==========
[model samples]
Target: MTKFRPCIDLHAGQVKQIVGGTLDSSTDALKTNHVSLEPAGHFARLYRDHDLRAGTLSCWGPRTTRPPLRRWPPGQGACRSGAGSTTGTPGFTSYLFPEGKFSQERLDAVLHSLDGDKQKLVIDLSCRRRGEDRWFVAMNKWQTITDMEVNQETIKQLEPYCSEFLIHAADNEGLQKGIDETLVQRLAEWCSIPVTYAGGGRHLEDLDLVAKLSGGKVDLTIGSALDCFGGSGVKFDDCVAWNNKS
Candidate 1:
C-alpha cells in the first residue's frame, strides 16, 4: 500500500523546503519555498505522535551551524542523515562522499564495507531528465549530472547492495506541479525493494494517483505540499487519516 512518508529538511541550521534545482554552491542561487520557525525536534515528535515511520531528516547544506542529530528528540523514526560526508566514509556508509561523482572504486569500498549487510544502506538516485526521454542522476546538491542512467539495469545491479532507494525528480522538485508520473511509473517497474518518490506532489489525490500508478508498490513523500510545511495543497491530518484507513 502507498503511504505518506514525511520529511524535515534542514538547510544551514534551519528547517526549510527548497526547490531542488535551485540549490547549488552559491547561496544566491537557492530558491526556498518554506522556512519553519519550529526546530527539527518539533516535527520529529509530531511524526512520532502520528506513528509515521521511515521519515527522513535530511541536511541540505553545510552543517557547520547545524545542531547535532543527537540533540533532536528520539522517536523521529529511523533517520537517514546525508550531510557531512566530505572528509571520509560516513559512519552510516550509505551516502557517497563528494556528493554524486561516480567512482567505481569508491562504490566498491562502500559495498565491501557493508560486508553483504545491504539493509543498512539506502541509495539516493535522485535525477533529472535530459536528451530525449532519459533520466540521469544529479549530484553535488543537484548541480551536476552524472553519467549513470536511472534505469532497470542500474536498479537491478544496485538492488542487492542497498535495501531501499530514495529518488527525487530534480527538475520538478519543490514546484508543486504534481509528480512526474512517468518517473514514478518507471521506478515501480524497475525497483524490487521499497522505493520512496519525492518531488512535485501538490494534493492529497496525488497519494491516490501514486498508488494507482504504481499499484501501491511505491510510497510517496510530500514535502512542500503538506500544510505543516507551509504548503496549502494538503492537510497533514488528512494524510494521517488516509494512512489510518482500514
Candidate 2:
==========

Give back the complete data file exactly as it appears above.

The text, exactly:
[model samples]
Target: MTKFRPCIDLHAGQVKQIVGGTLDSSTDALKTNHVSLEPAGHFARLYRDHDLRAGTLSCWGPRTTRPPLRRWPPGQGACRSGAGSTTGTPGFTSYLFPEGKFSQERLDAVLHSLDGDKQKLVIDLSCRRRGEDRWFVAMNKWQTITDMEVNQETIKQLEPYCSEFLIHAADNEGLQKGIDETLVQRLAEWCSIPVTYAGGGRHLEDLDLVAKLSGGKVDLTIGSALDCFGGSGVKFDDCVAWNNKS
Candidate 1:
C-alpha cells in the first residue's frame, strides 16, 4: 500500500523546503519555498505522535551551524542523515562522499564495507531528465549530472547492495506541479525493494494517483505540499487519516 512518508529538511541550521534545482554552491542561487520557525525536534515528535515511520531528516547544506542529530528528540523514526560526508566514509556508509561523482572504486569500498549487510544502506538516485526521454542522476546538491542512467539495469545491479532507494525528480522538485508520473511509473517497474518518490506532489489525490500508478508498490513523500510545511495543497491530518484507513 502507498503511504505518506514525511520529511524535515534542514538547510544551514534551519528547517526549510527548497526547490531542488535551485540549490547549488552559491547561496544566491537557492530558491526556498518554506522556512519553519519550529526546530527539527518539533516535527520529529509530531511524526512520532502520528506513528509515521521511515521519515527522513535530511541536511541540505553545510552543517557547520547545524545542531547535532543527537540533540533532536528520539522517536523521529529511523533517520537517514546525508550531510557531512566530505572528509571520509560516513559512519552510516550509505551516502557517497563528494556528493554524486561516480567512482567505481569508491562504490566498491562502500559495498565491501557493508560486508553483504545491504539493509543498512539506502541509495539516493535522485535525477533529472535530459536528451530525449532519459533520466540521469544529479549530484553535488543537484548541480551536476552524472553519467549513470536511472534505469532497470542500474536498479537491478544496485538492488542487492542497498535495501531501499530514495529518488527525487530534480527538475520538478519543490514546484508543486504534481509528480512526474512517468518517473514514478518507471521506478515501480524497475525497483524490487521499497522505493520512496519525492518531488512535485501538490494534493492529497496525488497519494491516490501514486498508488494507482504504481499499484501501491511505491510510497510517496510530500514535502512542500503538506500544510505543516507551509504548503496549502494538503492537510497533514488528512494524510494521517488516509494512512489510518482500514
Candidate 2: